February 28, 2014

The Folly of Falsetto 2

Alred A. Tomatis 
Blogs are funny things. I never know what readers are going to comment on in the form of an email, or in the comment section below a post, but when it happens, I am always grateful: it means someone out there is actually reading the words I've tapped out on my Macbook Pro. Such was the case when I wrote a post about falsetto that generated quite a few comments. 

No, I haven't changed my position on García's teaching since I wrote that post. From the evidence that I have found, he did not teach his singers to sing in falsetto. In fact, he only allowed tenors to use it in one tenor aria—on a high C.

Of course, I bring my own understanding to the word falsetto to the discussion, which needs further clarification. 

When I went to the Listening Centre in Toronto in 1999, one of the more curious experiences was hearing a vocal quality in my voice that I hadn't heard in a long time. Mind you, I was there because I was concerned about the affect minor hearing loss might have on my voice, and had the sense that there was something not quite right with my audio-vocal control. What quality did I hear in my voice? Head voice. That's the term I use for it on this page because, that's where I heard it. In my head. I appeared during my second week of training, after I had been listening to high frequencies, and had experienced a lengthening of my spine, as well as a release in the muscles of my tongue and throat. I was playing around with singing softly, and there it was—a ripple of vibration coursing through my body from the center of my head like a beam of sunlight finding its way through dark clouds. At first, I could only produce it when I had my headphones on and was being stimulated by Tomatis' Electronic Ear. Eventually, as I worked at home, establishing my right ear as leading ear, it reasserted itself. In time, I came to understand the sound I heard as the essence of mezza voce singing, since it could grow into a full-throated tone and back again—the messa di voce. It was quite extensible, reaching far past my usual register break at E above middle C, and went all the way down to low B, where my chest register would then reassert itself even at a soft volume. It was a very different vocal production than the one I associated with falsetto, which came from the throat and sounded hollow.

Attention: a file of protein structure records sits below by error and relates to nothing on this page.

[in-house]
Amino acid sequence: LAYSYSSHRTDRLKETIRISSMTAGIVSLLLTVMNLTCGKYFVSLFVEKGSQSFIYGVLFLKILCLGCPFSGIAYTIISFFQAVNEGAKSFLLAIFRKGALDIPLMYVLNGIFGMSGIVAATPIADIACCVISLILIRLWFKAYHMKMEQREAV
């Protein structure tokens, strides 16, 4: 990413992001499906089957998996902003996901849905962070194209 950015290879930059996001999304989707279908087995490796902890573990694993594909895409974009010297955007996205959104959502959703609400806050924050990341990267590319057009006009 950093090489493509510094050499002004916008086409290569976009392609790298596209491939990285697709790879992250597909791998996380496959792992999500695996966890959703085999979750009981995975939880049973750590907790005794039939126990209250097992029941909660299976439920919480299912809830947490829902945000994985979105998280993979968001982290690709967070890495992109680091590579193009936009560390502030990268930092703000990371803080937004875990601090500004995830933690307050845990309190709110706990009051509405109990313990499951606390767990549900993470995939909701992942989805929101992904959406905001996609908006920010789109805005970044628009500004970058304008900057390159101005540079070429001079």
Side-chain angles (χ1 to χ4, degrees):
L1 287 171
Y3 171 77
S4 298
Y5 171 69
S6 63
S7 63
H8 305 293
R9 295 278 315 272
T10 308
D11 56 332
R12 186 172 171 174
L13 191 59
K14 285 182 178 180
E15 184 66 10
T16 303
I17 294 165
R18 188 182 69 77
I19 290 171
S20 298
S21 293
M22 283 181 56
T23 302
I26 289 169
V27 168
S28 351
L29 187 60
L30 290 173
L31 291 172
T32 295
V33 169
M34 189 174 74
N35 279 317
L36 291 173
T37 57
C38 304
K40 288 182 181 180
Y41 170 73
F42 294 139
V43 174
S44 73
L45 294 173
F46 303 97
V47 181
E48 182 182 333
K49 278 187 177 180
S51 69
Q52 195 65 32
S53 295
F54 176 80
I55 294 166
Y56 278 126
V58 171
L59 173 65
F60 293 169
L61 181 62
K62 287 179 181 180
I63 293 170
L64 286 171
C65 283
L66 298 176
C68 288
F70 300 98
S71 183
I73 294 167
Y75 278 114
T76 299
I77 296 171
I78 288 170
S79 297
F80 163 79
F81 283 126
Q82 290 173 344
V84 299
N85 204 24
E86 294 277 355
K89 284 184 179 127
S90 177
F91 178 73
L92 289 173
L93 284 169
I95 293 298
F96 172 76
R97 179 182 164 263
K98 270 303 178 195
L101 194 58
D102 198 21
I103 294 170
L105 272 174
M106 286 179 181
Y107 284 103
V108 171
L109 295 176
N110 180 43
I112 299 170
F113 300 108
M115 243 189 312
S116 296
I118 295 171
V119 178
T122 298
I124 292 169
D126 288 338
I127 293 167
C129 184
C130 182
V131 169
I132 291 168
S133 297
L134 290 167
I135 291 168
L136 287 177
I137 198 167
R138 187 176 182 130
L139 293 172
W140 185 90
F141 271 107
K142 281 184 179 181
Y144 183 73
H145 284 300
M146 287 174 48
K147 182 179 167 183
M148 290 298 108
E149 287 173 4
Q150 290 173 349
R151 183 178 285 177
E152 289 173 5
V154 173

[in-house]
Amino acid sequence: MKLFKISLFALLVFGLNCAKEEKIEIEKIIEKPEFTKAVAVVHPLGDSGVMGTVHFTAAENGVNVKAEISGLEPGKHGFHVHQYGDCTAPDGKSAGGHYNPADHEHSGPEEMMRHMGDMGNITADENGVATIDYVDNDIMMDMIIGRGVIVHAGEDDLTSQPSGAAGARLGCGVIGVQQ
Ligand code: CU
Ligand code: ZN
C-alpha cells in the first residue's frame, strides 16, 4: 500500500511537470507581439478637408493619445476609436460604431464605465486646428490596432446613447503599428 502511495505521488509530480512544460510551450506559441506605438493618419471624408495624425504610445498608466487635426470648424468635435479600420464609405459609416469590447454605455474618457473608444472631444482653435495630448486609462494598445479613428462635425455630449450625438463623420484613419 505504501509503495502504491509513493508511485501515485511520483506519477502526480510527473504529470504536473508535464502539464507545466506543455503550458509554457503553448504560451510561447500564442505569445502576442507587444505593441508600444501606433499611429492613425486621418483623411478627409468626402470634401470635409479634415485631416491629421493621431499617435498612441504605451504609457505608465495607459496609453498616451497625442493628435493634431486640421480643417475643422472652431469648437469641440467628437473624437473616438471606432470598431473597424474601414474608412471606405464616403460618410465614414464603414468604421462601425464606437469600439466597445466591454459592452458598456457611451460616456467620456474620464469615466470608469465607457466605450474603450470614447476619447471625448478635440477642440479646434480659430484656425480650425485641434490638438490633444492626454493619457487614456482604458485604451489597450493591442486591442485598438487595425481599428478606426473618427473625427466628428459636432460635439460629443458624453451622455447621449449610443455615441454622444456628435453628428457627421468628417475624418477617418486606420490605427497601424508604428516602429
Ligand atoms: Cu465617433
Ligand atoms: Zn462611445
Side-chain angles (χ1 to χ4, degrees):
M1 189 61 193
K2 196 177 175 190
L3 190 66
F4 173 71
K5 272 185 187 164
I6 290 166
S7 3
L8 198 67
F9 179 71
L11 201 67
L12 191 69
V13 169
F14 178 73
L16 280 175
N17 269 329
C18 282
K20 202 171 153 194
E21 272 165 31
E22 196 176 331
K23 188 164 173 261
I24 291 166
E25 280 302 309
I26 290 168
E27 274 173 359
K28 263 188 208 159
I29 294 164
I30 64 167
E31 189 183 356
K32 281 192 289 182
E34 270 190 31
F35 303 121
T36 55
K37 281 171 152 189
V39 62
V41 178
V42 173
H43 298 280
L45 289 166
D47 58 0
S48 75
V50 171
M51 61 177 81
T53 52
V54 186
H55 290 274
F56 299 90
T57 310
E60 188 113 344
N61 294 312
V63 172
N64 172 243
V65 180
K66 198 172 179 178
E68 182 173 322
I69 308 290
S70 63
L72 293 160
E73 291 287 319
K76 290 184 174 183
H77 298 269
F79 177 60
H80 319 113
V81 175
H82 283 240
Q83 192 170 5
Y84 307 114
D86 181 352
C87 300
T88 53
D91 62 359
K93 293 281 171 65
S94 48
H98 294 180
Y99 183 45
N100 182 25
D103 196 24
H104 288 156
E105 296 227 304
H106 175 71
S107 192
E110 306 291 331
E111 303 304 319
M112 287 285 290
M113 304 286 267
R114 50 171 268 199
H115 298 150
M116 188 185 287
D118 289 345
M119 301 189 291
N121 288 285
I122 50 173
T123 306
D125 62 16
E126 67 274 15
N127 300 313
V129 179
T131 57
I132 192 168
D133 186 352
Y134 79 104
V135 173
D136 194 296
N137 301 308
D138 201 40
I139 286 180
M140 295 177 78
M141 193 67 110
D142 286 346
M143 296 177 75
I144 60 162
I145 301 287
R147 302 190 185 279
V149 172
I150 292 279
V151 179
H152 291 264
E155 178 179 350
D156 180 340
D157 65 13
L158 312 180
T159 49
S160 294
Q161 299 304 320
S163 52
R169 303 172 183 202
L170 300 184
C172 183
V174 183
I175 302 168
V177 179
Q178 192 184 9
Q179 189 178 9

My colleague Justin Petersen recently quoted Tomatis' thoughts on falsetto from The Ear and the Voice (2005) in a post on his blog, which you can find here. Petersen's post reminded me of a conversation I had with Paul Madaule, the director of the Listening Centre in Toronto, who asked me what I thought about his mentor's words, and I remembering telling him that the passage was confusing because Tomatis' use of falsetto did not jive with my understanding of historical vocal pedagogy even if he did describe my experience. Heck. Even García himself thought the word difficult.

My ear had just been opened. I could sing in head voice into the stratosphere and back again. My voice sounded young, vibrant and agile. What did that have to with the hollow, throaty sound male altos pushed through their throats in steam pipe fashion? It made no sense to me then, and still doesn't.

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